"What we need to question is bricks, concrete, glass, our table manners, our utensils, our tools, the way we spend our time, our rhythms. To question that which seems to have ceased forever to astonish us. We live, true, we breathe, true; we walk, we go downstairs, we sit at a table in order to eat, we lie down on a bed on order to sleep. How? Where? When? Why? Describe your street. Describe another. Compare."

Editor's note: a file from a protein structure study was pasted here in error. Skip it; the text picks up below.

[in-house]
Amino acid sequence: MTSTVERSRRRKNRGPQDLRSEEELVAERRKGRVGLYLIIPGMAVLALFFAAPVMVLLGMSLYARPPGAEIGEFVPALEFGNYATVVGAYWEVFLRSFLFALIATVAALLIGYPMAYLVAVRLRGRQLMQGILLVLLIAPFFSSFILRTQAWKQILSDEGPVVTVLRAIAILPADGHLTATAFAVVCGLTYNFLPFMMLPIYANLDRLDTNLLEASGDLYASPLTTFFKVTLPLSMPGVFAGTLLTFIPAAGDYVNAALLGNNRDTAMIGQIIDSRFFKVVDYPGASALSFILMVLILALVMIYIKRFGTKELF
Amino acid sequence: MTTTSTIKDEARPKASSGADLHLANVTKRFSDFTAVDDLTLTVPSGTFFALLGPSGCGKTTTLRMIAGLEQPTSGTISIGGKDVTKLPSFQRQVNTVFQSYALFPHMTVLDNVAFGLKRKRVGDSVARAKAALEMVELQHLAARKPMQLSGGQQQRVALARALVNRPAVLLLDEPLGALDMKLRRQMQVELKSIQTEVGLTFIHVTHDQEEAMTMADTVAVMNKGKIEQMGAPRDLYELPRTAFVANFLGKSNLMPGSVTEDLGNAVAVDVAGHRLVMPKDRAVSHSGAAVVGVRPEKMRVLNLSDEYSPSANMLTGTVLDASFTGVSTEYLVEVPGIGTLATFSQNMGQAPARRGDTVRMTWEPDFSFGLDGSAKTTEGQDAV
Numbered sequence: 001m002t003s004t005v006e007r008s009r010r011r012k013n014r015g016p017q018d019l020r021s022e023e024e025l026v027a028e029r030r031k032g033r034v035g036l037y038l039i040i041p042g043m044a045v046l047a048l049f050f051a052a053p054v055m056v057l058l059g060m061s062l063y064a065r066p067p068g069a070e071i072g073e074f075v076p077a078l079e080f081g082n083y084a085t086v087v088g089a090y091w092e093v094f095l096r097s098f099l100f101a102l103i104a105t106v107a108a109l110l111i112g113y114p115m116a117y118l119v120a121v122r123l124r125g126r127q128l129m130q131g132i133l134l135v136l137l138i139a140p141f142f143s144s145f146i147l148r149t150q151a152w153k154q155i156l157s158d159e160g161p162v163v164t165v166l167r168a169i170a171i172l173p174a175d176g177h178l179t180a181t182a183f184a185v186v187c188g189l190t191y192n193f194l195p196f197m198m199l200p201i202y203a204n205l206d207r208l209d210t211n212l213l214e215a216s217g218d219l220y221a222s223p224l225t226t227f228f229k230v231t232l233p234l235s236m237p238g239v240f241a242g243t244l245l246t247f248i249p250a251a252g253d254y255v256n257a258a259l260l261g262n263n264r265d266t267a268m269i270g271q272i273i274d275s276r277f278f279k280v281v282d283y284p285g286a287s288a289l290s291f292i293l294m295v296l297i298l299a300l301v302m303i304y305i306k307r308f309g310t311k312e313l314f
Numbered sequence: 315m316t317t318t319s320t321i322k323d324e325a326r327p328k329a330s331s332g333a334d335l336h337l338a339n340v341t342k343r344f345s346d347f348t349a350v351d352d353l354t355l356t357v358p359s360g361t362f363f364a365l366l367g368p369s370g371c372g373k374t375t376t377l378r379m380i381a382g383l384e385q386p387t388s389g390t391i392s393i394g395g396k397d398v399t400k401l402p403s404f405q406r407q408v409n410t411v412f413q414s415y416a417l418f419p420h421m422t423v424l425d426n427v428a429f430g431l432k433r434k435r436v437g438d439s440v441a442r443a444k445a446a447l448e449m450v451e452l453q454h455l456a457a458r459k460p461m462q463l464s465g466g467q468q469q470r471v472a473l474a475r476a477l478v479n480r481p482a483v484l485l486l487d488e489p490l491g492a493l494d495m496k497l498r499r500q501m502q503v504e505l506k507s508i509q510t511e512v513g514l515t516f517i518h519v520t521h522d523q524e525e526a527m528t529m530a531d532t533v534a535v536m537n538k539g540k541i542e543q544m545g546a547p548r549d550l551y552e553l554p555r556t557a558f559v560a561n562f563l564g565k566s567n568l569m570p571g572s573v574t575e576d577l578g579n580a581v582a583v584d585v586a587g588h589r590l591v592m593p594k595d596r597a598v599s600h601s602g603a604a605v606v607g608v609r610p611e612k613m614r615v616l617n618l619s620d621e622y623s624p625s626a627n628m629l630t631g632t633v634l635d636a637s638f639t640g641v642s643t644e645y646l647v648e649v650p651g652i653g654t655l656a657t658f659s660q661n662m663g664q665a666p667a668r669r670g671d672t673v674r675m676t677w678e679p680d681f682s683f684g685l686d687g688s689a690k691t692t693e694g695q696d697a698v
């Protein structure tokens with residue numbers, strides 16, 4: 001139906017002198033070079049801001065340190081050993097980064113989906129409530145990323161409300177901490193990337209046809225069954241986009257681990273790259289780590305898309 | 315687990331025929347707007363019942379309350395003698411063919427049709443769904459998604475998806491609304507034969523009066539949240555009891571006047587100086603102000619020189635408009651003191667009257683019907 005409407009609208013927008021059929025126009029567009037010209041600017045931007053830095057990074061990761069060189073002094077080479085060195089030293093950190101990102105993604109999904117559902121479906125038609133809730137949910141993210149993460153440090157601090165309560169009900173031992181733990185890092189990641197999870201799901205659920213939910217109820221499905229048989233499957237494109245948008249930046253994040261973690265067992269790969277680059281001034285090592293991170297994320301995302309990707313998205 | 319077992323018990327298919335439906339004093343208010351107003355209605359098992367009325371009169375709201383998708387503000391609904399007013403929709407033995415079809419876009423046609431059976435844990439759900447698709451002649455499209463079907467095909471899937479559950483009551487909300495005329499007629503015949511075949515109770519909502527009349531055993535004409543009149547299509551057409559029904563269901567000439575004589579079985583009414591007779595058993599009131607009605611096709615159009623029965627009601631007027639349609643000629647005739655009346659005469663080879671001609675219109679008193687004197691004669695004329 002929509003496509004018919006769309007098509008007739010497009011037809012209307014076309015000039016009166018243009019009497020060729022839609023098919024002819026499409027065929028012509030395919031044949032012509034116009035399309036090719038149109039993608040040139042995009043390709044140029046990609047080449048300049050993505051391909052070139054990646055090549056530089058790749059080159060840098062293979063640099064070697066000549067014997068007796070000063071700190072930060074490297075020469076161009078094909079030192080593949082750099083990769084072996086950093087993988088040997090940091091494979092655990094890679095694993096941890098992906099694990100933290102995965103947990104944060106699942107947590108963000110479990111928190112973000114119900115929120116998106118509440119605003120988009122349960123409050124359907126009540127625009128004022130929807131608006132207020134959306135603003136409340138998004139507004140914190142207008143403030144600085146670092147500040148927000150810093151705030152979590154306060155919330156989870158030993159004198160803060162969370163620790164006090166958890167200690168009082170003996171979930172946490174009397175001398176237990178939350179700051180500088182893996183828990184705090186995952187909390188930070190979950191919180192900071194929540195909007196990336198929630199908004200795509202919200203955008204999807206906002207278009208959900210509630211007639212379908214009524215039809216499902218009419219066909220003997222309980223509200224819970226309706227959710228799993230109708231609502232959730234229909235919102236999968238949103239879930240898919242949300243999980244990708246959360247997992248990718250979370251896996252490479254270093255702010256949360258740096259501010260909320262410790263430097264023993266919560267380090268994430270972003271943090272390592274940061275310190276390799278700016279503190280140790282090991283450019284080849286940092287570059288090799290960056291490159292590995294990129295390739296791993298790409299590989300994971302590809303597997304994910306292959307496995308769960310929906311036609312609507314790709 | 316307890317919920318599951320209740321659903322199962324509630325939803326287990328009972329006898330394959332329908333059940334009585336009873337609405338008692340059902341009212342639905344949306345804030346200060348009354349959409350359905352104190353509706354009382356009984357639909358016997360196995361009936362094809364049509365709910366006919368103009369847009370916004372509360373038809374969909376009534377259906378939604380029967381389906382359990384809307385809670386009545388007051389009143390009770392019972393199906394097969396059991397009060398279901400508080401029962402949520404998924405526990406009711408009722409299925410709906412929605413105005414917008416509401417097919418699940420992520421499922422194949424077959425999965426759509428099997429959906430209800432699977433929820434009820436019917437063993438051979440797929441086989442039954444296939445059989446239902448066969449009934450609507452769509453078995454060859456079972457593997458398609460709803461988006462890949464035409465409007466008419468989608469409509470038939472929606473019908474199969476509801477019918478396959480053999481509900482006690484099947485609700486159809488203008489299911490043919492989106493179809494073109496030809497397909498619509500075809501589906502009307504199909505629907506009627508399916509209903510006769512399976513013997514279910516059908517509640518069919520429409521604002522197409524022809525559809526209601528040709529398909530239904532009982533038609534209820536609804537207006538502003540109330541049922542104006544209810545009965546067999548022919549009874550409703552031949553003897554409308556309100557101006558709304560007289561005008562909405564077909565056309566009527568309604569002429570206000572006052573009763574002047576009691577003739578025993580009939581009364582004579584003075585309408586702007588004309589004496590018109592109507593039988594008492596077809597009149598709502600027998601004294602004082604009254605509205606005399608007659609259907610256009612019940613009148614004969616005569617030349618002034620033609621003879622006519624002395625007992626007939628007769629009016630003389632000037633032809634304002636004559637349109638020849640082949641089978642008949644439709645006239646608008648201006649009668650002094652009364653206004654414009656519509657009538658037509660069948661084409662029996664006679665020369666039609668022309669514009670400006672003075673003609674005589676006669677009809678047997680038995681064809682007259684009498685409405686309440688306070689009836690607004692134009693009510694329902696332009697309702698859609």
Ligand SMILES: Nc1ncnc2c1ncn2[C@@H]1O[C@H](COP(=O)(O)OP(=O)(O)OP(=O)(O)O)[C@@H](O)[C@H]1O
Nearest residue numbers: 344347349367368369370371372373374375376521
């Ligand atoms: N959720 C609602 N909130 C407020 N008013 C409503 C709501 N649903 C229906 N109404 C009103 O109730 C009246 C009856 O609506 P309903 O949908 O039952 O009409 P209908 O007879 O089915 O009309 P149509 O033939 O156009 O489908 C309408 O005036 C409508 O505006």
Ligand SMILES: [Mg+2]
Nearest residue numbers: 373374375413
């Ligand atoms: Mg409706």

French writer George Perec has flown under the mainstream of the literary world for some time. He lived an incredible life, born in France during the tense years leading up to World War II, he went on to form a collective of avant-garde writers with figures such as Italo Calvino, and famously wrote an entire novel without the letter “e” in it (“A Void,” 1969). Both of George’s parents perished in World Word II, and in writing a novel without the letter “e” he made it impossible to write the words “père” (father) or mère (mother) or even famille (family), which became a work about the loss we experienced in World War II. He wrote “Life A User’s Manual” in 1978 which features over 50 pages of indexed references, so when he mentions a film, a building, or a Greek philosopher, you can turn to the index to find out the exact reference. It’s reminiscent of how a Wikipedia article works, or it could be said, the entire Internet in that there is always another link, to another resource available to learn more. Keep in mind this was written well before our daily dependence on the world wide web. In the above quote, from the pages of his seminal work, “Life A User’s Manual,” Perec talks about the importance of questioning what we have come to find as routine or banal.